The band released their critically applauded self-titled full-length debut last year. And after extensive touring to support the album, the members of the JOVM mainstay act honed their sound and identity, with their live set being about the slow build, as their sound has evolved a bit 

The band released their critically applauded self-titled full-length debut last year and after extensive touring to support the album, they’ve honed their sound and identity — with their live set being about the slow build, as their sound has evolved a bit. In fact, as a heavy band they do something unique: their songs aren’t anchored to riffs, but rather riffs come in and go in rippling waves that surface throughout material that’s generally meditative and entrancing. But they also focus on building tension and intrigue throughout the song. 

Slated for an October 11, 2019 release through RidingEasy Records, Blackwater Holylight’s highly-anticipated sophomore album Veils of Winter finds the band with a different lineup — Faris (bass, vocals), Laura Hopkins (guitar/vocals) and Sarah McKenna (synths) along with the band’s newest members Mikayla Mayhew (guitar) Eliese Dorsay (drums). And perhaps a result of the new lineup, the band’s sound and writing process have changed quite a bit. “The process of this album was vastly different from our first record,” says Faris. “One, because we recorded it over the course of a few weeks, whereas the first record was over the course of about a year. And two, this album was a true collaboration between the five of us. Each of us had extremely equal parts in writing and producing, we all bounced ideas off each together, and we all had a say in what was going on during every part of the process.”

“One of our favorite things about this album is that because it was so collaborative, we didn’t compartmentalize ourselves into one vibe.” She continues. “It’s heavy, psychedelic, pop, shoegaze, doom, grunge, melodic and more. The whole process was extremely organic and natural for us, we were just being ourselves.”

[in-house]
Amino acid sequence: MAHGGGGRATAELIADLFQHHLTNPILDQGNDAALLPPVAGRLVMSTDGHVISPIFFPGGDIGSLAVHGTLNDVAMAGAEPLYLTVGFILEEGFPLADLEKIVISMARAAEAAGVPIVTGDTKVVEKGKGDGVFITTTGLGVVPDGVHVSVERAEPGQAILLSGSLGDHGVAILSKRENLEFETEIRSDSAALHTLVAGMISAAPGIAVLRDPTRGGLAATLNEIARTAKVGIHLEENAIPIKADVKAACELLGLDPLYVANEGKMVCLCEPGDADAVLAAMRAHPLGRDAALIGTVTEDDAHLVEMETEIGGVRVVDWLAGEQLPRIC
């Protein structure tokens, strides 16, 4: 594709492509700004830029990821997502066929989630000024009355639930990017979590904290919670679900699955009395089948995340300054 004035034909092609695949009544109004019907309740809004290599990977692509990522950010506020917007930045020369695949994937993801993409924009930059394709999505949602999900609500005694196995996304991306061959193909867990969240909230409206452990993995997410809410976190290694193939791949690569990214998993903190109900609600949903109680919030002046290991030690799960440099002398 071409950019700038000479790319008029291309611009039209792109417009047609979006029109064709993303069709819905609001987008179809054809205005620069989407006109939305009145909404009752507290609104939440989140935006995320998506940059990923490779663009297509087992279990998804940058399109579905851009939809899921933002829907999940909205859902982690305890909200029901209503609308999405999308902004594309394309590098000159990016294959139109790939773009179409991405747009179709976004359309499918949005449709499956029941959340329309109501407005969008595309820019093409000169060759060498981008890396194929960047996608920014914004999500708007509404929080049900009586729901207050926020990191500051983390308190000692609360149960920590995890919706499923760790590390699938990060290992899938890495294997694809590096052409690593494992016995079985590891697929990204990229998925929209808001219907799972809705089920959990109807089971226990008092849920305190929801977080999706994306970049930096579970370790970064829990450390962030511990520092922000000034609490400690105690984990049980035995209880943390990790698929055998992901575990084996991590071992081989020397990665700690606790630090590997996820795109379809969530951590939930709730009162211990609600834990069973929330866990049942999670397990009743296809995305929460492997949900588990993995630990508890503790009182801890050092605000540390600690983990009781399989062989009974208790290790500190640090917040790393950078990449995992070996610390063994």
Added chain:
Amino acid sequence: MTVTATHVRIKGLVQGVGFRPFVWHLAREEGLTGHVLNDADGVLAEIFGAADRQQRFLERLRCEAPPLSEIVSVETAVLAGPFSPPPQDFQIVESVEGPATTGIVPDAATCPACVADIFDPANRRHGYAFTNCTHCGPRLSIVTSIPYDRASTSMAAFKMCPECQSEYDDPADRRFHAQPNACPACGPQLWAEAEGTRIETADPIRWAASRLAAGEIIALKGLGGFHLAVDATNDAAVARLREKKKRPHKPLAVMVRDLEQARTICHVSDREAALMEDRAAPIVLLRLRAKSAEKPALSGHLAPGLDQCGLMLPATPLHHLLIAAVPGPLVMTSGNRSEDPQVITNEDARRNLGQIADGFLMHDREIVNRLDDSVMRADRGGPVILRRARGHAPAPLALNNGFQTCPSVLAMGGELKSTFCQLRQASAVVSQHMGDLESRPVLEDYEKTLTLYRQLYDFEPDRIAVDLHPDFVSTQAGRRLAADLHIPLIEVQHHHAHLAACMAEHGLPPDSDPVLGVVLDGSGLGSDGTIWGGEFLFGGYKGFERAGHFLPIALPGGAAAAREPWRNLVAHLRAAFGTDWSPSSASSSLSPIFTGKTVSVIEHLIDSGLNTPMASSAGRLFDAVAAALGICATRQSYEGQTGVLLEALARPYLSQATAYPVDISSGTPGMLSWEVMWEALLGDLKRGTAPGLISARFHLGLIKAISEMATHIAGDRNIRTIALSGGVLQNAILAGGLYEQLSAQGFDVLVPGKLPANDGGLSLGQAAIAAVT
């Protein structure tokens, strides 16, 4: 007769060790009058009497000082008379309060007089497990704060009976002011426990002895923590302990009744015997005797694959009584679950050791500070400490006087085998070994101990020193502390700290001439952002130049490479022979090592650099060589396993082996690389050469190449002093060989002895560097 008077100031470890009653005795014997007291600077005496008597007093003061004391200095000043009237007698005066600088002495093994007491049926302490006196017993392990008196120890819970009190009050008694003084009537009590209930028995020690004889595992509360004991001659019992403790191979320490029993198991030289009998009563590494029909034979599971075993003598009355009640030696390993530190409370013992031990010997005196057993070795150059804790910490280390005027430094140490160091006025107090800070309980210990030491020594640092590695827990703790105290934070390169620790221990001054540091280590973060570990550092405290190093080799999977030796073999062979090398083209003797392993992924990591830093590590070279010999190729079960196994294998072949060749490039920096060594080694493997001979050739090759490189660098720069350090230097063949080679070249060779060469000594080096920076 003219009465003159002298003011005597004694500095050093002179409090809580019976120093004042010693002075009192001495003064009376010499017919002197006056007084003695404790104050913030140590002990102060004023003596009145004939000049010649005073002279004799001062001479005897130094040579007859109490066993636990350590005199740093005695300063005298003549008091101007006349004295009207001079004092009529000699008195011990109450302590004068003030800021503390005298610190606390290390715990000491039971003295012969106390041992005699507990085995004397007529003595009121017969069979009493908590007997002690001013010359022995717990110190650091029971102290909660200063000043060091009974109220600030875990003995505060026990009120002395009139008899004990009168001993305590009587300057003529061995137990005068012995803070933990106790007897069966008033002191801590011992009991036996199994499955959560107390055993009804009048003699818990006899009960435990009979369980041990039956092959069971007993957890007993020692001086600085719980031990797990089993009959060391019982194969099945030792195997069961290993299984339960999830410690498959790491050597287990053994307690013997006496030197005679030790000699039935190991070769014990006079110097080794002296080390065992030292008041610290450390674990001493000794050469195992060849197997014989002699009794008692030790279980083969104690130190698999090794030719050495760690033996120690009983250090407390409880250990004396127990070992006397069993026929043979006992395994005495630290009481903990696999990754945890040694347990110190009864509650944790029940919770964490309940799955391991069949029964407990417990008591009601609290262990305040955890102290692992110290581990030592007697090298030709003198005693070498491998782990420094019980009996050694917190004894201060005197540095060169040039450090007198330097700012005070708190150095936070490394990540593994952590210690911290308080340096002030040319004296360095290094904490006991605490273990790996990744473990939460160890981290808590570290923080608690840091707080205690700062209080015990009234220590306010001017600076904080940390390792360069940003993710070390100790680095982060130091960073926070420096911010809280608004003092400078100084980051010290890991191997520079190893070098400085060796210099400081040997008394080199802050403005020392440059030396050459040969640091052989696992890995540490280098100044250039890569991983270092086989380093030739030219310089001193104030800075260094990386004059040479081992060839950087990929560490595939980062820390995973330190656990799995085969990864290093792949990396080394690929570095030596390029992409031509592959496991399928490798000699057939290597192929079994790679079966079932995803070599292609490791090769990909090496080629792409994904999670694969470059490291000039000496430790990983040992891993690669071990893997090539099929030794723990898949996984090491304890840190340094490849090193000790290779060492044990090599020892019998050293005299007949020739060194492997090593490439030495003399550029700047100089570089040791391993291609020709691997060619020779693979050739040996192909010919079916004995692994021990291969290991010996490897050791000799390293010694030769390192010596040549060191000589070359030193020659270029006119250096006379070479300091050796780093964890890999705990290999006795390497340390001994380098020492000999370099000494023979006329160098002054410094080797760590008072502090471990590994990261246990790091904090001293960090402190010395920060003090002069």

“Motorcycle” Veils of Winter’s finds the band balancing fuzzy, power chords, gorgeous melodicism and a motorik groove to create a unique take on heavy music that’s one part doom metal, one part shoegaze that manages to reveal subtle nuances on multiple listeners while being headbang worthy. 

New Video: JOVM Mainstays King Gizzard and The Lizard Wizard Release a Bonkers Visual for “Organ Farmer”

2017 saw the Melbourne, Australia-based psych rock septet and JOVM mainstays King Gizzard and The Lizard Wizard release five albums — with each album managing to be in a completely different genre and style, all of which further cemented the band’s reputation for being both restlessly experimental and prolific.

Now, for a band that has managed to be as wildly productive and prolific as the Melbourne-based JOVM mainstays, not releasing new material last year was an extremely odd; however, during that same period, they were busy with a number of other things including — a relentless tour schedule that featured a headlining set at Desert Daze and three sold out-dates at Brooklyn Steel, the largest venue they’ve played in the States to date. The band also re-issued their first five albums on vinyl for the first time ever — and it created such a frenzied demand that the Flightless Records website crashed from the traffic.

Earlier this year, King Gizzard and The Wizard Lizard released their 14th album Fishing for Fishies earlier this year, and the album’s material found the band creating a sonic world in which the organic met the automated; where the rustic met the robotic; where the past and future collide in the beautiful present. But at the end of the day, the material was essentially boogie blues that strutted, shimmied and stomped through several different moods and terrains,. “We tried to make a blues record,” says frontman Stu Mackenzie. “A blues-boogie-shuffle-kinda-thing, but the songs kept fighting it – or maybe it was us fighting them. Ultimately though we let the songs guide us this time; we let them have their own personalities and forge their own path. Paths of light, paths of darkness. This is a collection of songs that went on wild journeys of transformation.”